With regard to mapping of the histone H3 sequence, there is no information related to coleopteran species and the limited available data in protostomes have frequently shown the presence of only one locus in the genome, similar to what has been described in D. geminatus. Moreover, in this species, the histone cluster overlapped with 5S rDNA, showing an apparently interspersed organization of these sequences in the D. geminatus genome. The organization of histone and 5S rRNA genes has not been investigated in Coleoptera until now, and in protostomes, this kind of association was observed in two species of crustaceans (Drouin and Moniz de Sá, 1995; Barzotti et al., 2000) and in one mussel species (Eirín-López et al., 2004). Studies using Southern blot hybridization and/or fiber-FISH experiments will be necessary to clarify the precise organization of these multigene families, regarding the interspersed or syntenic organization in D. geminatus and other invertebrate genomes.

Although the association and/or interspersion of multigene families has been reported in protostome invertebrates (Drouin and Moniz de Sá, 1995; Barzotti et al., 2000; Vitturi et al., 2002; Eirín-López et al., 2004; Vitturi et al., 2004; Cabrero et al., 2009), the significance of such association is still unclear. According to Kaplan et al. (1993), the association of these sequences might have a functional role in nuclear organization, whereas other researchers (Dover, 1986; Liu and Fredga, 1999) agree that this association is important for the maintenance of conserved and multiple arrays. On the other hand, specific association of 5S rRNA and histone H3 genes cannot be explained by an advantage in the co-transcription process, as these sequences are transcribed by different RNA polymerases, RNA polymerases III and II, respectively. Considering that the association of 5S rRNA and histone H3 genes was reported in crustaceans (Drouin and Moniz de Sá, 1995; Barzotti et al., 2000) and in this study was detected for coleopterans, we could speculate that such association pattern could represent an ancient characteristic that has been maintained conserved in different arthropod groups.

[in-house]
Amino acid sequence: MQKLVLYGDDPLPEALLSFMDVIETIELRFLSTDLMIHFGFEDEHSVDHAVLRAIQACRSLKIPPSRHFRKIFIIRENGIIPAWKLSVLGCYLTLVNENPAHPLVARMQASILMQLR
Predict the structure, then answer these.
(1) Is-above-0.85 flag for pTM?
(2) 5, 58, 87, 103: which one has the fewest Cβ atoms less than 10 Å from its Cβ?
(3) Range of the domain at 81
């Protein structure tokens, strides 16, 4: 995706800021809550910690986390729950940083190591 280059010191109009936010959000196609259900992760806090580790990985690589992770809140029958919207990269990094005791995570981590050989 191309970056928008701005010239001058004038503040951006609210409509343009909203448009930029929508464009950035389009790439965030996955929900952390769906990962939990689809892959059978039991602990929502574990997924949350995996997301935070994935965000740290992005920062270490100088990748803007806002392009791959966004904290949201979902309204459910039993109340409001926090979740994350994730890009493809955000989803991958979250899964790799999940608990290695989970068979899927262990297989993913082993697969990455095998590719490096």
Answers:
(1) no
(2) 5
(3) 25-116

The B chromosome